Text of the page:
- The minor child must live with the parent or guardian applying on their behalf. The parent or guardian will not have to provide any information on their own immigration status or sign any documents regarding their own status.
- A qualified alien is a legal term whose definitions include a legal permanent resident or “green card” holder; a person admitted as a refugee; a person granted asylum; a person whose deportation has been withheld; someone holding a “T” or “U” visa; or people granted status as Cuban and Haitian entrants.
- All of our disaster recovery centers are a safe place for everyone get help, regardless of your immigration status.
Q: Why is FEMA directing me to the U.S. Small Business Administration for a loan?
A: FEMA may refer you to the SBA even if you do not own a business or home. SBA loans are the largest source of federal disaster funding for people impacted by disasters. Low-interest disaster loans may be available to cover losses not fully compensated by insurance or other sources. Completing an SBA loan is an important part of the process. If SBA cannot approve your loan application, SBA can refer you to FEMA’s Other Needs Assistance program for possible additional assistance. Not returning the application may disqualify you from other assistance FEMA offers for disaster-related car repairs, essential household items and necessary disaster-related expenses.
Q: Will FEMA disaster assistance affect my Social Security payments or other government benefits?
A: No. FEMA assistance is tax-free and does not affect Social Security, Medicare or Medicaid. FEMA aid does not affect Supplemental Nutrition Assistance Program, or SNAP, benefits; or other federal welfare and entitlement programs.
Q: How do I qualify for the $700 payment FEMA is offering wildfire survivors?
A: FEMA may provide financial assistance under the Other Needs Assistance program to applicants who have immediate or critical needs. Critical Needs Assistance is limited to a one-time $700 payment per household. Maybe you were displaced from your primary residence or you need help to move from your pre-disaster primary residence to temporarily shelter elsewhere. Immediate or critical needs are life-saving and life-sustaining and include, but is not limited to: water, food, first aid, prescriptions, infant formula, diapers, consumable medical supplies, durable medical equipment, personal hygiene items, and fuel for transportation.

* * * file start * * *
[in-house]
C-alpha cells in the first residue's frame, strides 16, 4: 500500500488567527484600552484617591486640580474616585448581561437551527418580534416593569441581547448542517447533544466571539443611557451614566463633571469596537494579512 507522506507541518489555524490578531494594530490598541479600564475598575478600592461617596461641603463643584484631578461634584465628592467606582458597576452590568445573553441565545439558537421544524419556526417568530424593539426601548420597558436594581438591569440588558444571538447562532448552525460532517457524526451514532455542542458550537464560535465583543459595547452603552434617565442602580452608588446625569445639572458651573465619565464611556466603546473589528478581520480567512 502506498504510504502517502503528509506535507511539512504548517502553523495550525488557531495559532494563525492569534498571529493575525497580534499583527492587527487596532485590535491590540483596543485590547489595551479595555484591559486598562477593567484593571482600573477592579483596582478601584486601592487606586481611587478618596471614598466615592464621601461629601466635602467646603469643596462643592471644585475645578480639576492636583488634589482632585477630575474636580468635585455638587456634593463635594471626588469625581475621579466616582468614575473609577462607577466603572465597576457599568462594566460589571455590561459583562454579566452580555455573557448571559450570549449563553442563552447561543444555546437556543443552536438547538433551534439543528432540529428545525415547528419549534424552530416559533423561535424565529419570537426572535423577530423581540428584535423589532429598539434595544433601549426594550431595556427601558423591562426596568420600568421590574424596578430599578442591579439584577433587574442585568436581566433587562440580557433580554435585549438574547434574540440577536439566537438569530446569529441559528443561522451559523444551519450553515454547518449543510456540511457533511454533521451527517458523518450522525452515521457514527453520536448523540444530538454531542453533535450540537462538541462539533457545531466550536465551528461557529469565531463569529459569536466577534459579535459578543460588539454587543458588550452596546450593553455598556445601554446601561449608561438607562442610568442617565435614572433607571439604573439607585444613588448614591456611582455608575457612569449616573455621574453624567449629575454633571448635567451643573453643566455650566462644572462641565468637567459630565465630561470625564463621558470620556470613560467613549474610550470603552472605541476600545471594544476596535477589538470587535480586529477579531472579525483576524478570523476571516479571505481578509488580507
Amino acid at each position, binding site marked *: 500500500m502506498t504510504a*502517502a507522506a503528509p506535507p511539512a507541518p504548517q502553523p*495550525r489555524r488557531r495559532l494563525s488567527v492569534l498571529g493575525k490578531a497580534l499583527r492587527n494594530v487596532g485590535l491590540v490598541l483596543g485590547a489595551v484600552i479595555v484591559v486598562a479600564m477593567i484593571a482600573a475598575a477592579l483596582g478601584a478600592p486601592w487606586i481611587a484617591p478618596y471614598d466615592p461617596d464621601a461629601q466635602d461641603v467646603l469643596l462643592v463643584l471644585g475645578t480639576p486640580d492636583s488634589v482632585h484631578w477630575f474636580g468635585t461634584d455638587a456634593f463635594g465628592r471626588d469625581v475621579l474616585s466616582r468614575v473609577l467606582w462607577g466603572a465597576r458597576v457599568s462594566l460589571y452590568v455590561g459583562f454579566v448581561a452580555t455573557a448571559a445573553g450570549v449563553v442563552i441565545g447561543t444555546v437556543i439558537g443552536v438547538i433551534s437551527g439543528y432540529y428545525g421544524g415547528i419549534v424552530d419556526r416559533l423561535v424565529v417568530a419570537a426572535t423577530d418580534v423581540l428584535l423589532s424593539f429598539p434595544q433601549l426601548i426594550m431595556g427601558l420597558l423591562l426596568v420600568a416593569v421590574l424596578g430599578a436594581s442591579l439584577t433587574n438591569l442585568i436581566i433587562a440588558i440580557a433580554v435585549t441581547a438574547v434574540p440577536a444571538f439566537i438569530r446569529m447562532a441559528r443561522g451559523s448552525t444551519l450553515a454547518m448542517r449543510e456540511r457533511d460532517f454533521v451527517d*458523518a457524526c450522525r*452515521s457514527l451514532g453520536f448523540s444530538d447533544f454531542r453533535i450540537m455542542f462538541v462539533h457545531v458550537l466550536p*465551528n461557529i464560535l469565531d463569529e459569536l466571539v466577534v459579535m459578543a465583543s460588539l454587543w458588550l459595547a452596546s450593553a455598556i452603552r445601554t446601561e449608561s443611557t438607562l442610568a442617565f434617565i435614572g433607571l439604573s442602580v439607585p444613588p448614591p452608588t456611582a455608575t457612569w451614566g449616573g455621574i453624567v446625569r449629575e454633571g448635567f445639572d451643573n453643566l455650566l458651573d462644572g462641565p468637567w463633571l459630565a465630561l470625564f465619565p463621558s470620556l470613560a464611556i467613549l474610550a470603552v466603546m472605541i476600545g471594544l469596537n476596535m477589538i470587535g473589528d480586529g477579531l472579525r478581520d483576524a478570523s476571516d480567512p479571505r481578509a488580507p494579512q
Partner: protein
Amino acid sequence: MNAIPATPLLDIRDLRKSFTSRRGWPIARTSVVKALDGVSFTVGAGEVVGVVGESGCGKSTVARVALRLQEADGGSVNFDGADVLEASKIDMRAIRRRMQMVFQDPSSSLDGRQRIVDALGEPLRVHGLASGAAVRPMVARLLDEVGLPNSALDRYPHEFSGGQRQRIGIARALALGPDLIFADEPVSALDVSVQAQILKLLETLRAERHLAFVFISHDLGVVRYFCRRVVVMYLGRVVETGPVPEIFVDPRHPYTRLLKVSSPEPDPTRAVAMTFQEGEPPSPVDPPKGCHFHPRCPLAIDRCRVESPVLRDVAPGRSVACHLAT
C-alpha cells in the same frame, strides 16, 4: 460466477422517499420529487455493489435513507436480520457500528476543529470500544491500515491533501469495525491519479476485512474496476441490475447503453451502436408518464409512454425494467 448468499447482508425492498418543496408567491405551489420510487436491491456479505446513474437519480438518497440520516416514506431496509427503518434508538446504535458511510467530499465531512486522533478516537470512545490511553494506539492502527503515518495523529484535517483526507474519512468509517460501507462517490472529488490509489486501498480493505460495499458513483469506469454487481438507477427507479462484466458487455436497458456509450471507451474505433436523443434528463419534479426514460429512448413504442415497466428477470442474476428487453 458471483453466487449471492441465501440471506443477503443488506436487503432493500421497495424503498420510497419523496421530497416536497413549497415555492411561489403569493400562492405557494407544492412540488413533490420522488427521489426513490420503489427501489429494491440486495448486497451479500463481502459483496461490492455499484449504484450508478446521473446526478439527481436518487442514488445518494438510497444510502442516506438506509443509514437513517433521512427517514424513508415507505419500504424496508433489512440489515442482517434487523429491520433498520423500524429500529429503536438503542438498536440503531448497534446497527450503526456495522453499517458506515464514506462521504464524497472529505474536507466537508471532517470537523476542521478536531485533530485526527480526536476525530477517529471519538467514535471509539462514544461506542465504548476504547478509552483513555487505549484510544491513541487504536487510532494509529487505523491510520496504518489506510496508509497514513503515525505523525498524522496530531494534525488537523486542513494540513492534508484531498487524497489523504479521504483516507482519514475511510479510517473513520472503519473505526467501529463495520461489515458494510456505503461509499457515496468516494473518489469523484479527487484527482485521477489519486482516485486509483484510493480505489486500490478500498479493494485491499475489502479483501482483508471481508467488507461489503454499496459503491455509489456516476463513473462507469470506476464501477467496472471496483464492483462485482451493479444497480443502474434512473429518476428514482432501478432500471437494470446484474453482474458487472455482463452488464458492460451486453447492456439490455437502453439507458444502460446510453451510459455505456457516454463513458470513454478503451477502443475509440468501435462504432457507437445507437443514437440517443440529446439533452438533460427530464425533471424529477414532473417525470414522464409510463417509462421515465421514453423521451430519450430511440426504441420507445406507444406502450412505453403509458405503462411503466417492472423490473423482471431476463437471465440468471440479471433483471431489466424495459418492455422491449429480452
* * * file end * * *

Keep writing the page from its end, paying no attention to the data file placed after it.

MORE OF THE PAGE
Q: I’m a renter. Can I get help from FEMA?
A: Yes. Renters whose homes and property were damaged by the wildfires can apply for federal assistance. FEMA funding can help pay for temporary housing. Renters may also qualify for funding to replace or repair necessary personal property such as a vehicle, furniture, appliances, clothing, disaster caused medical/dental needs, textbooks or school supplies.
Q: English is not my native language. Is there someone at FEMA who speaks my language?
A: Yes. The FEMA Helpline at 800-621-3362 is staffed 24 hours a day, seven days a week, with specialists who speak many languages. If you use video relay service, captioned telephone service or others, give FEMA your number for that service. FEMA also offers free services to help survivors communicate with FEMA personnel on the phone or at Disaster Recovery Centers. In-person sign language interpreting is also available by request at the recovery centers. To locate a recovery center, go to fema.gov/drc.
- To speak to a Spanish operator on the FEMA Helpline, press 2. For an interpreter who speaks your language, press 3.
For the latest information on the Maui wildfire recovery efforts, visit mauicounty.gov and fema.gov/disaster/4724. Follow @FEMARegion9 on Twitter and at facebook.com/fema.